The Milwaukee Brewers wrapped up Spring Training 2023 with an 8-1 victory over the Rockies to finish Cactus League play with a 12-15 record.
After a quick stop in Milwaukee Wednesday for a light workout, the team will hop on buses for a short ride south on Interstate 94 to Chicago, where they’ll open the 2023 Major League Baseball season Thursday afternoon against the Cubs at Wrigley Field.
Here’s a look at some of the most notable storylines from this year’s camp:
Corbin Burnes’ Contract Situation
Corbin Burnes wasn’t exactly the happiest of campers when he reported for duty last month. The Brewers’ staff ace, who followed up a Cy Young Award-winning campaign in 2021 by going 12-8 with a 2.94 ERA and 243 strikeouts to lead the National League, had lost an arbitration hearing one day before pitchers and catchers were required to report didn’t seem too pleased with his $10.01 million salary or, the process that led to it.
“Just as far as the whole thing, on our perspective and our end of it, it was more that we were just kind of disappointed with how it went,” Burnes told reporters on hand for the start of camp. “The Brewers never really made a real attempt to try to come to a deal to avoid a hearing, at least from our perspective.
“From our end, they just never really made that solid attempt to try to avoid a hearing. And even up until days before, there were some phone calls back and forth and basically it just came out that we were going to end up going to hearing. That’s how it ended.
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“I think we saw from from the deadline day (Jan. 13) that we were going to end up at a hearing, just with the lack of the attempts to get a deal done. So, that’s unfortunate that ended up that way. It’s one of those things that just at the end of the day, it was just kind of very eye-opening.
“You learn your true value in the organization.”
After earning $6.75 million last season, Burnes reportedly sought a salary of $10.75 million for 2023 creating what appeared to be small gap that should have been easy for the two sides to reach an agreement. That didn’t happen, though, which Burnes said hurt his relationship with the organization which now leads to speculation about whether or not the two sides would be able to reach agreement on a potential long-term extension.
That’s not insignificant as Burnes, though not eligible for free agency until 2025, could find himself subject to trade rumors should it become clear that an extension isn’t in the cards.
Considering how the fan base — not to mention, the clubhouse — responded to the trade of Josh Hader at the deadline last summer, that’s a position Arnold and the Brewers probably want to avoid.
Burnes isn’t the only extension candidate on the Brewers’ radar. Fellow starter Brandon Woodruff and shortstop Willy Adames are both nearing the end of their team control and are, according to Arnold, among the core pieces the Brewers are interested in keeping around for the foreseeable future.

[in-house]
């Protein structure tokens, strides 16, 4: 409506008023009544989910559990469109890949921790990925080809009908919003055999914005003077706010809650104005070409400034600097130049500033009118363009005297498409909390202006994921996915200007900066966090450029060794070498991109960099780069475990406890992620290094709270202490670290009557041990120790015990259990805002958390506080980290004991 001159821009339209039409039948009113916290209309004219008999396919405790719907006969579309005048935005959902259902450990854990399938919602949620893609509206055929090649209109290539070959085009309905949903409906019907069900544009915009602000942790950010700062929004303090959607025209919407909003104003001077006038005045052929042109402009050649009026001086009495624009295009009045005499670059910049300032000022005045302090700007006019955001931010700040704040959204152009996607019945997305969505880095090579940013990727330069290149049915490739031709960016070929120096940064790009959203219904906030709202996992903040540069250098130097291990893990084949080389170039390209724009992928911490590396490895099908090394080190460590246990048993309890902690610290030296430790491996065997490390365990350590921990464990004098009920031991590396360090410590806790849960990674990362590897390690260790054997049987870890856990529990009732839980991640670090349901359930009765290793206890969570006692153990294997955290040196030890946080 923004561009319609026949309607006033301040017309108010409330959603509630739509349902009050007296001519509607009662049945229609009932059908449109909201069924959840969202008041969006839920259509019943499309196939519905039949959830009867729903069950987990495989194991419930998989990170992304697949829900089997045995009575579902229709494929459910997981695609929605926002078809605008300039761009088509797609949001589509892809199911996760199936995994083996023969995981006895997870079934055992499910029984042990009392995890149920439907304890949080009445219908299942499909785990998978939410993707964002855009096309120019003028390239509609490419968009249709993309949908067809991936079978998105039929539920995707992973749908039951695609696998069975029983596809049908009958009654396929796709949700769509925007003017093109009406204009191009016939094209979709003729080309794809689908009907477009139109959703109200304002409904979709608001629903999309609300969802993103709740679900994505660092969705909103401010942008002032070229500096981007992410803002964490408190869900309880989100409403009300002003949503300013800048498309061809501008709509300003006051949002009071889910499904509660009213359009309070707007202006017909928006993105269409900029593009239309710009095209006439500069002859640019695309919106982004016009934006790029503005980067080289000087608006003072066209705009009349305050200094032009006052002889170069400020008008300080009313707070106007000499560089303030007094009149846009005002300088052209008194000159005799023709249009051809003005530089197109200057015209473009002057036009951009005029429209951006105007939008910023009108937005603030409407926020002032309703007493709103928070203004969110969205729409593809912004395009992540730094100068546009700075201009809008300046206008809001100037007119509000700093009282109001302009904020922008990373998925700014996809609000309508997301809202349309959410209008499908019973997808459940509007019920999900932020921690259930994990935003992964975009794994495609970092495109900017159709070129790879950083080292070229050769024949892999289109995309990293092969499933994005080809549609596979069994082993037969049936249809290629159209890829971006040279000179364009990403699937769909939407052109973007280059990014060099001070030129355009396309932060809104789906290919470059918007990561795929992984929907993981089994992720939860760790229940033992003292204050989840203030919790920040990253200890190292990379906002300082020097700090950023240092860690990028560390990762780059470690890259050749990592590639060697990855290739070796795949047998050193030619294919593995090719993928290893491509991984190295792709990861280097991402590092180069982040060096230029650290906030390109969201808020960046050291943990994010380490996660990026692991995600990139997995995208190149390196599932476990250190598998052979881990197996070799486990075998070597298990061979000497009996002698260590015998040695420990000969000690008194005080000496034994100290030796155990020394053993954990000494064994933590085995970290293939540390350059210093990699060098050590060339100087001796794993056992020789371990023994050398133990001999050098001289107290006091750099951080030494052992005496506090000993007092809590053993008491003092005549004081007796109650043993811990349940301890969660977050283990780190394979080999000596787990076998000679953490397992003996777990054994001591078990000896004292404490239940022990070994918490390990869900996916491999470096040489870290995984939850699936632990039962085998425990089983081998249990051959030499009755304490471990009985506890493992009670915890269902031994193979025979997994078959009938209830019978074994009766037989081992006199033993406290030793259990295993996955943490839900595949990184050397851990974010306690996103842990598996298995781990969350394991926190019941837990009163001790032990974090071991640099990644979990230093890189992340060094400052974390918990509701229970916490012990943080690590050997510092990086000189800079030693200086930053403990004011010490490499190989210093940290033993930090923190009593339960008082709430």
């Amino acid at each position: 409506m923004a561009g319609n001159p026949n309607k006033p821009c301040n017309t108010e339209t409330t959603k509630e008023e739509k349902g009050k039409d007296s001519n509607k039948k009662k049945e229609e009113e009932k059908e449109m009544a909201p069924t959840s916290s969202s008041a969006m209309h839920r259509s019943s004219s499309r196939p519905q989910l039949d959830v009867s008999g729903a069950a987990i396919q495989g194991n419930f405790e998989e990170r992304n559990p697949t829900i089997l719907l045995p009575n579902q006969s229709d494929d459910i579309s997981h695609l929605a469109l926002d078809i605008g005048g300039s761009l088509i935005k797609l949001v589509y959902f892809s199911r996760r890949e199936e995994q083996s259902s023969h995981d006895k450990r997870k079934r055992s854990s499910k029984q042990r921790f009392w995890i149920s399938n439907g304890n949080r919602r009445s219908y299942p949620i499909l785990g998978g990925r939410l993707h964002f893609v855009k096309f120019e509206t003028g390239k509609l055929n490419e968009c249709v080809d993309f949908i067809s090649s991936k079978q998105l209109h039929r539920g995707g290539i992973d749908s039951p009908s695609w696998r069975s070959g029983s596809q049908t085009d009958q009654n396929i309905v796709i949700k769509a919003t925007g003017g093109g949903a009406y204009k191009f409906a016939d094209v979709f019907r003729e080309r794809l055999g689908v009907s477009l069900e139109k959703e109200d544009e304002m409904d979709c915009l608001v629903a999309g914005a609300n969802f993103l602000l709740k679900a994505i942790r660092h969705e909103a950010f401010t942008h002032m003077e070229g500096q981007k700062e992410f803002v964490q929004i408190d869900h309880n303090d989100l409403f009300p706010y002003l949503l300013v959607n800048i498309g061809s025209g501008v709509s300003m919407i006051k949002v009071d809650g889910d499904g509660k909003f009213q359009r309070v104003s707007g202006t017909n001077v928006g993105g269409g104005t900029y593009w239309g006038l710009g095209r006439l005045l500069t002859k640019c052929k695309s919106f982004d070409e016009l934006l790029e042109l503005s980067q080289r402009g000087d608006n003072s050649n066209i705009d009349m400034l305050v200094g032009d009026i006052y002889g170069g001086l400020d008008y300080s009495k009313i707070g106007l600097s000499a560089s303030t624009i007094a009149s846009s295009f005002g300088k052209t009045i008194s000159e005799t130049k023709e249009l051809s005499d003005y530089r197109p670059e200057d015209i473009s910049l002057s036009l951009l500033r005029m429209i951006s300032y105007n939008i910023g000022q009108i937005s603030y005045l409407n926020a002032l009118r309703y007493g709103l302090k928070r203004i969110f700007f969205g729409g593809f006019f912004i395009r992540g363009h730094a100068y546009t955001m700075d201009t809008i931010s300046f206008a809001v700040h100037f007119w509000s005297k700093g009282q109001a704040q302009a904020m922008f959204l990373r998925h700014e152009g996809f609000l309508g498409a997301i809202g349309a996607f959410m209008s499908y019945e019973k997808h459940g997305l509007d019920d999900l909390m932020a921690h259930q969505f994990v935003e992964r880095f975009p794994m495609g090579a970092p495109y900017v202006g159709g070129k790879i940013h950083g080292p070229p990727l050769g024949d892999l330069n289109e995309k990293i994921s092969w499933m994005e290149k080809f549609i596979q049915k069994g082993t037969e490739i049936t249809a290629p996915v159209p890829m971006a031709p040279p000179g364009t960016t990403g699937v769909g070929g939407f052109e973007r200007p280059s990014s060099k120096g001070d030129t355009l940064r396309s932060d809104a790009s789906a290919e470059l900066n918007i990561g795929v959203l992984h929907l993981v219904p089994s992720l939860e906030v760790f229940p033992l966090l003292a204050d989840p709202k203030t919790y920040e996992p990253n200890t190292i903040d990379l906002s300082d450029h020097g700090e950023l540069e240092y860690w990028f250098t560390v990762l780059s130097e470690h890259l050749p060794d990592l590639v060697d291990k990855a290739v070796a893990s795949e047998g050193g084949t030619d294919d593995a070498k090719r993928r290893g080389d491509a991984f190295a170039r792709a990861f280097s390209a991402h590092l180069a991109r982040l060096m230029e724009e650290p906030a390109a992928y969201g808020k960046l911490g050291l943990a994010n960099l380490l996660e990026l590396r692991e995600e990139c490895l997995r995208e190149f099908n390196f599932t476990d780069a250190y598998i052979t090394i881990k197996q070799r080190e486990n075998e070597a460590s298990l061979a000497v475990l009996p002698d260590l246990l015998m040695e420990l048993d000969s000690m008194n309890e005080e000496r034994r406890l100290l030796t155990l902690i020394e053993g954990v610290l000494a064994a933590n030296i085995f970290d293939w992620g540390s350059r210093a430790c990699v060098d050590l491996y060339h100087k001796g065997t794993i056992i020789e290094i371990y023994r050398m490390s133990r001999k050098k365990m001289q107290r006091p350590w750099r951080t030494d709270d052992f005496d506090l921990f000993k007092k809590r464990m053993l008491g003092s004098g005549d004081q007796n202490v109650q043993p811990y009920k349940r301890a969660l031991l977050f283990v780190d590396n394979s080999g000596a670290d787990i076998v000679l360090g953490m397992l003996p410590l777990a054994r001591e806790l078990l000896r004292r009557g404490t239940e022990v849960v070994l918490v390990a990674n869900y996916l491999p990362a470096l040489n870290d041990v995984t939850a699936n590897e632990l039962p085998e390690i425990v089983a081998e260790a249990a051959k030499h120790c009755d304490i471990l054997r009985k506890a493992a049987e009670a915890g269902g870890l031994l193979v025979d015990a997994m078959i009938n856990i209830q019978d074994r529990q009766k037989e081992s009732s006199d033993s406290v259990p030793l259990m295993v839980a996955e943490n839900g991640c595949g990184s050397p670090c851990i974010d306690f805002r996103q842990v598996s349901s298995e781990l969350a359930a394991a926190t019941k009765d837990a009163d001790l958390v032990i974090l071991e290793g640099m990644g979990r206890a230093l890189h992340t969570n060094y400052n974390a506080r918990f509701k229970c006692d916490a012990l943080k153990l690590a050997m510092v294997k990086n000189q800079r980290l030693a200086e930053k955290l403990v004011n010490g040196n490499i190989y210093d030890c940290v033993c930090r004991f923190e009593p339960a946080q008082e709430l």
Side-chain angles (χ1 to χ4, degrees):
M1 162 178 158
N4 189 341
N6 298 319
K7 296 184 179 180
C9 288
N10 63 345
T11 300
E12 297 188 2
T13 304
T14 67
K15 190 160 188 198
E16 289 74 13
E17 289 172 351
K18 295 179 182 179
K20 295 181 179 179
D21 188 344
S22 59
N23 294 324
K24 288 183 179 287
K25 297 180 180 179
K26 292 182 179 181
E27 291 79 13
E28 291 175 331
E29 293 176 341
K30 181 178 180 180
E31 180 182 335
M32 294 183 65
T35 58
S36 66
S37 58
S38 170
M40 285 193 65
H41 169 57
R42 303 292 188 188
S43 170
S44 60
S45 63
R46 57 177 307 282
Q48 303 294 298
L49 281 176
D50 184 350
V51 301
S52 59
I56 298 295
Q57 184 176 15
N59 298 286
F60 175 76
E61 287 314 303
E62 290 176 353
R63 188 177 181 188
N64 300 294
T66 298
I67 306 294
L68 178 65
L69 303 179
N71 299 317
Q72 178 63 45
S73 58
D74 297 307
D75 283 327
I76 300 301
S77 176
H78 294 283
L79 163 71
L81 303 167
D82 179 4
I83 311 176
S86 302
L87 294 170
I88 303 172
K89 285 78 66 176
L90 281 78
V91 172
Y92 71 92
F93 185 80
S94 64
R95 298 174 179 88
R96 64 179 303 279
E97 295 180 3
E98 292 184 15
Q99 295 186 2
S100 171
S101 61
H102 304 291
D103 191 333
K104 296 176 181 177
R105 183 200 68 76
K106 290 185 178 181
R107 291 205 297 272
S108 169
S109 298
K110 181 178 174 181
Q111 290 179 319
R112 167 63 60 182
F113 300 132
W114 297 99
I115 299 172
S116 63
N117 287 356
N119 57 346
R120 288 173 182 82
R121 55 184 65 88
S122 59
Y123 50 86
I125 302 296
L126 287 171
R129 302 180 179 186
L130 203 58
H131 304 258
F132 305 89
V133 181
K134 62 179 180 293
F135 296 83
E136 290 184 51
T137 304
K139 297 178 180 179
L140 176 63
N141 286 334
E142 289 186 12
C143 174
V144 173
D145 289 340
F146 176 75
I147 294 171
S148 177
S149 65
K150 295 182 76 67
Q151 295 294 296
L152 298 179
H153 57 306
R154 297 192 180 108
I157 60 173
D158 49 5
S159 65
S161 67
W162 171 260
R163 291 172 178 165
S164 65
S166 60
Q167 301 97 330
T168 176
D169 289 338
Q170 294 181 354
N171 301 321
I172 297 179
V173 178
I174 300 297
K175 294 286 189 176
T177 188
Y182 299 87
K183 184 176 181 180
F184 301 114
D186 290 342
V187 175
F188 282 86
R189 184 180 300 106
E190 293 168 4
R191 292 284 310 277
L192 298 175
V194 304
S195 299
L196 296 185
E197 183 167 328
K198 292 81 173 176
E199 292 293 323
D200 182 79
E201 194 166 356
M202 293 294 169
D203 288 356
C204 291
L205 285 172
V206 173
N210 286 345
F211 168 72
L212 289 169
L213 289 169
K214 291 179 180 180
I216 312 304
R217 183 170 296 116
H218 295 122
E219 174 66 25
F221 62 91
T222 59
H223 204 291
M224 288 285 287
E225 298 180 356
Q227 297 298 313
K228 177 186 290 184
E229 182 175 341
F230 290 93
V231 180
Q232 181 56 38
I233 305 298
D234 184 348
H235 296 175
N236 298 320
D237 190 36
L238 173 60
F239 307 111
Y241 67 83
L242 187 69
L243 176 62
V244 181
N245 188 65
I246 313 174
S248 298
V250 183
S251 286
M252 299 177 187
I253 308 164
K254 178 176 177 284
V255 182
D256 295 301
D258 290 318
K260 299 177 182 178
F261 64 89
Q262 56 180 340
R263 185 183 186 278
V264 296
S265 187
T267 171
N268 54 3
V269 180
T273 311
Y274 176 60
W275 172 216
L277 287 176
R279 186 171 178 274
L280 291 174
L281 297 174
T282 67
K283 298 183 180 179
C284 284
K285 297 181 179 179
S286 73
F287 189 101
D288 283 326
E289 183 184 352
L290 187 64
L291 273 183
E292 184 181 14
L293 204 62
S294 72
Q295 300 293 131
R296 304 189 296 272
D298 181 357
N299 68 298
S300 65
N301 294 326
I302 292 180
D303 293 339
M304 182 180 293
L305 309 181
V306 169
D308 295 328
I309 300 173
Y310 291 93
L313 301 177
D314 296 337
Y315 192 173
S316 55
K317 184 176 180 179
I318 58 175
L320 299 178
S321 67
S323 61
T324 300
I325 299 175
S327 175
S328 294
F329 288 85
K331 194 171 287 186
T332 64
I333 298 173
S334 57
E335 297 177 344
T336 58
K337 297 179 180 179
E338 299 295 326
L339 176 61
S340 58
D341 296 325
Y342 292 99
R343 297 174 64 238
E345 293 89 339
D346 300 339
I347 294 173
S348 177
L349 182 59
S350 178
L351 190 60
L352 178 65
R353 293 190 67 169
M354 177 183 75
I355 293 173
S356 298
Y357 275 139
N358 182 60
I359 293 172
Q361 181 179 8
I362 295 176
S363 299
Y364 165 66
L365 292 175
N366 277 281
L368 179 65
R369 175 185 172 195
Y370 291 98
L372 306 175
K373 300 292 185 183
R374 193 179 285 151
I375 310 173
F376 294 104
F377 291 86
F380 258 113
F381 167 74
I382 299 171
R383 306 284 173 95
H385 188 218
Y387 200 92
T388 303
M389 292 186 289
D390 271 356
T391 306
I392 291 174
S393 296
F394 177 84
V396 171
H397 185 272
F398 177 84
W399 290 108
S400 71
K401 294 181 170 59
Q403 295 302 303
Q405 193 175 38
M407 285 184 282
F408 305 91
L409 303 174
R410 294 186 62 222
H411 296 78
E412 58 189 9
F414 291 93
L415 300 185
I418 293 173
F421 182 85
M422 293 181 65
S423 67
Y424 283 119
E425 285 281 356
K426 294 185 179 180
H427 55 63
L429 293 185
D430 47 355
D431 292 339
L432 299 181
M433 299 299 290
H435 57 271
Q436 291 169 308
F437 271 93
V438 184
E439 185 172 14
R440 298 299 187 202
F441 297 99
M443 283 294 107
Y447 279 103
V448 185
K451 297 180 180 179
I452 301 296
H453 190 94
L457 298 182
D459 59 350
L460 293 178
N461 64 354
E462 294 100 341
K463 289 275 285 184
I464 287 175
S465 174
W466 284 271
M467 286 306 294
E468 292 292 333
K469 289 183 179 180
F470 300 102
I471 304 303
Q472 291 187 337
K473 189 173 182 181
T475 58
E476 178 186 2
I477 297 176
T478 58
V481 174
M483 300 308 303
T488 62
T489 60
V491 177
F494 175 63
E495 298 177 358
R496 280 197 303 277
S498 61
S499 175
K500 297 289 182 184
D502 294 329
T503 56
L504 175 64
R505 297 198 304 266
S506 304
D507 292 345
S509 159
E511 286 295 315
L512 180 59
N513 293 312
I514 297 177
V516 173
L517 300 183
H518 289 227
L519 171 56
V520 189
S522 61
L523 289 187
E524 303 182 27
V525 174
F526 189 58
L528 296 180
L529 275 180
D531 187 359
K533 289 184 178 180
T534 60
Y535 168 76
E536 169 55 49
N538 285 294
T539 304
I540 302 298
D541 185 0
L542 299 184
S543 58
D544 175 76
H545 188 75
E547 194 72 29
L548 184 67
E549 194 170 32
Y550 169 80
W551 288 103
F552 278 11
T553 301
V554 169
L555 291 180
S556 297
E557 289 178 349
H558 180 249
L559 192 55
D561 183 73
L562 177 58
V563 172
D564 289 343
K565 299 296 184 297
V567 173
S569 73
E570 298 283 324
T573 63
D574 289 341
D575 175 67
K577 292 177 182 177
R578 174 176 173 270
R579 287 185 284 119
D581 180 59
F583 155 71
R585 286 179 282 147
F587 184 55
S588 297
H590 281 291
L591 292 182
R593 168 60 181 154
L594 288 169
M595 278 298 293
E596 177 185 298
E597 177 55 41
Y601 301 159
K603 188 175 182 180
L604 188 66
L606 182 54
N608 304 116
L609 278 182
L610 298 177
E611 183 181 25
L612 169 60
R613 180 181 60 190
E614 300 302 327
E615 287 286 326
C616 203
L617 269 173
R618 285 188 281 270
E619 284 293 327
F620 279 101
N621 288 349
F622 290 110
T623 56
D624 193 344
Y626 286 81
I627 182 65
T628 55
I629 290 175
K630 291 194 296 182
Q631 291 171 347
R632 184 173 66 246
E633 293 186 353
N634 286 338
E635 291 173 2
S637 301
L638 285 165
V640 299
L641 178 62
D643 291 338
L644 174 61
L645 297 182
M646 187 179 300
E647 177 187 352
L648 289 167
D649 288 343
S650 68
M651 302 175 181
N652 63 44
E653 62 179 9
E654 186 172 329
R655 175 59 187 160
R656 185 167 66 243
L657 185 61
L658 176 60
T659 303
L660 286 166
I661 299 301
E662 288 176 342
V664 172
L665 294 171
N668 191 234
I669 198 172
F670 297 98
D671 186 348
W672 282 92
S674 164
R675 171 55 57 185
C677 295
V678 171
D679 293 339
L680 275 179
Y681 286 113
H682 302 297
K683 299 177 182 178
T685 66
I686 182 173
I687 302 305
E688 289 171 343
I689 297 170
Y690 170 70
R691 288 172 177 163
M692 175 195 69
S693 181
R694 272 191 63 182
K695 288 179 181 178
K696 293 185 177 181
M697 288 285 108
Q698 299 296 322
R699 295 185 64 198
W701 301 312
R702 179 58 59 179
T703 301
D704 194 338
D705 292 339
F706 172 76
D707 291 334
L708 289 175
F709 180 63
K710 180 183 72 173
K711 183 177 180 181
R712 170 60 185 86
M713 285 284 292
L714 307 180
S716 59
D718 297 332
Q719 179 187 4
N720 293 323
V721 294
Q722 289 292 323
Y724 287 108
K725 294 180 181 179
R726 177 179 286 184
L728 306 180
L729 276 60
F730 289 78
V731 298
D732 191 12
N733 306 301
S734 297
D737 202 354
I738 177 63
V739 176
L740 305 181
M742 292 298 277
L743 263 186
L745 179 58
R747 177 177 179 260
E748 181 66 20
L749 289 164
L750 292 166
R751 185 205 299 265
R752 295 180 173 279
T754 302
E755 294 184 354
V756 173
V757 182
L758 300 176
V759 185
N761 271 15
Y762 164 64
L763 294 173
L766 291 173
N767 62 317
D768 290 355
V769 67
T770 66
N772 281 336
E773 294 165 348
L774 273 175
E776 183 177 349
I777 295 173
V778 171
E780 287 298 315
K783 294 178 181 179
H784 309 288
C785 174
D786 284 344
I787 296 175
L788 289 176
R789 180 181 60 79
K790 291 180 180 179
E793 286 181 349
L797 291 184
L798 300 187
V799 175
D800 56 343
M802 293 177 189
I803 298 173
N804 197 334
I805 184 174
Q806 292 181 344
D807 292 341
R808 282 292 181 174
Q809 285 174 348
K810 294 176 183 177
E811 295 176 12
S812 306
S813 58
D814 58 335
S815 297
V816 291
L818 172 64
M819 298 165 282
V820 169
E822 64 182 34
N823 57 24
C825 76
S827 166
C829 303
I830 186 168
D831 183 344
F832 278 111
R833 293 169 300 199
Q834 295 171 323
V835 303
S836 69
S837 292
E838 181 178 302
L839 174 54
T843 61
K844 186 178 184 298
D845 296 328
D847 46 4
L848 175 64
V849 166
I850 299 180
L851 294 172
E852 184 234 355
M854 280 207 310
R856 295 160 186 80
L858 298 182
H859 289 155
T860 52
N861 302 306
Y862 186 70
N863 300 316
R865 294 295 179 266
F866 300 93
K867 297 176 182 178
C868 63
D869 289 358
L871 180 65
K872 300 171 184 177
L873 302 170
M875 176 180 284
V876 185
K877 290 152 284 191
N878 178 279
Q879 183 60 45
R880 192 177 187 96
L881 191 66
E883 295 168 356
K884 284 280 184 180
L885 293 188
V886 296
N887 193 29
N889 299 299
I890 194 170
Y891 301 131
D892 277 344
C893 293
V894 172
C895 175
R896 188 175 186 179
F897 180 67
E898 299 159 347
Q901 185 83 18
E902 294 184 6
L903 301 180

Unlike Burnes, both reached agreement on a 2023 contract without going to arbitration but both players have also suggested that the team hasn’t done much in terms of discussing such a deal.
According to data from Spotrac.com, the Brewers go into the season with a payroll of around $106 million, a drop of nearly $25 million from Opening Day 2022.
Outfielder Christian Yelich will draw the biggest paycheck this season with a $26 million salary with Woodruff coming in second ($10.8) million, followed by Burnes and Adames ($8.7 million).
Veteran outfielder/designated hitter Jesse Winker rounds out Milwaukee’s top-five earners in 2023 with a salary of $8.25 million.
The Brewers didn’t do much on the open market during the offseason but will still have an influx of fresh, young faces when the season gets underway. Along with catcher William Contreras, acquired in a trade with Atlanta over the winter, highly-touted prospect Brice Turang will be on the Opening Day roster for the first time in his career. Two other top prospects, outfielders Joey Wiemer and Sal Frelick, are also in the mix for roster spots and could see time alongside another former first-rounder, Garrett Mitchell, who made his big league debut last September.
Voit In, Hiura Out
Speaking of highly-touted, former first-round picks: Keston Hiura won’t be with the team when they open the season Thursday. Milwaukee’s first-round pick in the 2017 draft was designated for assignment late in camp after batting just .156 in spring, continuing a tailspin that’s plagued the one-time hitting prodigy since 2020.
With no minor league options left, the Brewers had no choice but to DFA their former top prospect especially after non-roster invitee Luke Voit played his way onto the Opening Day roster — and a $2 million guaranteed contract — by slashing .300/.349/.500 with two home runs and an .849 OPS in 43 Cactus League plate appearances.
Though he’s not in the team’s immediate plans, Brewers haven’t given up hope on Hiura. He and his $2.2 million salary when unclaimed on the waiver wire, which allowed Milwaukee to assign him outright to Triple-A Nashville where the hope is Hiura can rediscover the form that helped him slash .303/.368/.570 with 19 home runs and a .938 OPS as a rookie in 2019.